It's 75 years on from one of the biggest cases in history - the Nuremberg Trials.
The crime, was Genocide -- the criminals, Nazis -- and the last surviving prosecutor, Benjamin Ferencz is still advocating against conflict and repression.
Now 101-years-old, Ferencz was just a 25-year-old U.S. soldier, when, in the last days of World War Two, he was assigned to collect evidence about the war crimes committed by Germany under Adolf Hitler.
"My job was to get into the concentration camps as they were being liberated, with the dead bodies all over the floor and with people waiting to be burned because the crematorium was so overcrowded. I have seen all that with my own eyes as a war crimes investigator, wearing the uniform of the
United States Army. And I hope the next generation will never have to see anything like that again."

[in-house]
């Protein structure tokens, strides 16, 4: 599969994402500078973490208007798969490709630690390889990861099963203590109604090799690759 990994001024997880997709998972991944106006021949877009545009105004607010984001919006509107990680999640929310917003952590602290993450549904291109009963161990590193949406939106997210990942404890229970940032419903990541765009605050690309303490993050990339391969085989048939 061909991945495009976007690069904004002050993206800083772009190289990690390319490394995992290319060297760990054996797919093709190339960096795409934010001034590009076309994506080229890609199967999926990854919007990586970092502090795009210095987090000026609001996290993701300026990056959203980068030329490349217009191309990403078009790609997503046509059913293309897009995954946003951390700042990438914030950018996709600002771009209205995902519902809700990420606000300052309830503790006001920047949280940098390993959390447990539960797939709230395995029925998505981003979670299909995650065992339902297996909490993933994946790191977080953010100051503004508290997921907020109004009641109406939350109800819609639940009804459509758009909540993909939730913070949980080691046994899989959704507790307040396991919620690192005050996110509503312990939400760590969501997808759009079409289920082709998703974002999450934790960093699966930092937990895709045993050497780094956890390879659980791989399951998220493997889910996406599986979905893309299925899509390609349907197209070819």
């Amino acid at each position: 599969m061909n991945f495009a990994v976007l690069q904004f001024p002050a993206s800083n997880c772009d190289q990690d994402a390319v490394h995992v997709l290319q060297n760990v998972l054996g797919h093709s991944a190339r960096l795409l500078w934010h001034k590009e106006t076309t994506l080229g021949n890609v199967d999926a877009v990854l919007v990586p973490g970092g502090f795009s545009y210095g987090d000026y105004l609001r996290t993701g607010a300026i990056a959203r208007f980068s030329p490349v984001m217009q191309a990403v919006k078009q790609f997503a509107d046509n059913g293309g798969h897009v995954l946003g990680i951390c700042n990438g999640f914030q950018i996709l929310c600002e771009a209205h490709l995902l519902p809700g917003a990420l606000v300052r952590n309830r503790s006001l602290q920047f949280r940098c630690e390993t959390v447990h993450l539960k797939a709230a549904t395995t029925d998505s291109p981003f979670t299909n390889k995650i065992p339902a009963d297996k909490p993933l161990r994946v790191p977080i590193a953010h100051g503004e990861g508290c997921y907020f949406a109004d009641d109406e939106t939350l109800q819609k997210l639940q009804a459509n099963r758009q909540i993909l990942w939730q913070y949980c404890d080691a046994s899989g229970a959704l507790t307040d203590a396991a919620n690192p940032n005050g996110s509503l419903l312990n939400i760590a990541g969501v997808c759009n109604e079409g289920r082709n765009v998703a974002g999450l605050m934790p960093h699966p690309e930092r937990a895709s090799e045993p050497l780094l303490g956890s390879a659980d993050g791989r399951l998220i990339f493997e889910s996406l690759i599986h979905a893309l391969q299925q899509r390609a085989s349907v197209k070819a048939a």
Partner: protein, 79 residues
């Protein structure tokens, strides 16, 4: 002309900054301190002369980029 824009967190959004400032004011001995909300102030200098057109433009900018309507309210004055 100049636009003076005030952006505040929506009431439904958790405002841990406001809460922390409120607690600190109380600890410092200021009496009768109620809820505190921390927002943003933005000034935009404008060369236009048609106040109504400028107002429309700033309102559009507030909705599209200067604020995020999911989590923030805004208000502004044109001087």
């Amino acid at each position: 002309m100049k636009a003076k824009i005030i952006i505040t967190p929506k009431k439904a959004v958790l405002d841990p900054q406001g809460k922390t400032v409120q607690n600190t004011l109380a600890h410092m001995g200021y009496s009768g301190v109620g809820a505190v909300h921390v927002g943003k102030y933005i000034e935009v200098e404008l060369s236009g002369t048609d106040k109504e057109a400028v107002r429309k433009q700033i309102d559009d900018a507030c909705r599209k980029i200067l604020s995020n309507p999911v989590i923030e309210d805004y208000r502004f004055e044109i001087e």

Ferencz became a prosecutor at the U.S. military tribunal in Nuremberg in southern Germany.
He secured the convictions of 22 members of the Einsatzgruppen - the paramilitary death squads who slaughtered upwards of a million, mainly Jewish people, across occupied Europe.
The famous trials are seen to have paved the way for tribunals like the International Criminal Court (ICC) in The Hague, which Ferencz campaigned to be established for decades.
"The defendants murdered over a million people, including hundreds of thousands of children, shot one at a time. That's the world which I grew up in and I hope that the next generation will recognize that that's a horror and should be avoided at all cost. And it means in short, be humans, behave like humans to all other humans, don't behave like wild animals. And if you do that you'll see a more peaceful world than I have seen."
Today the courtroom in Nuremberg has been preserved.
It still draws many visitors hoping to see the seats where Nazis behind some of history’s worst crimes were served their sentences.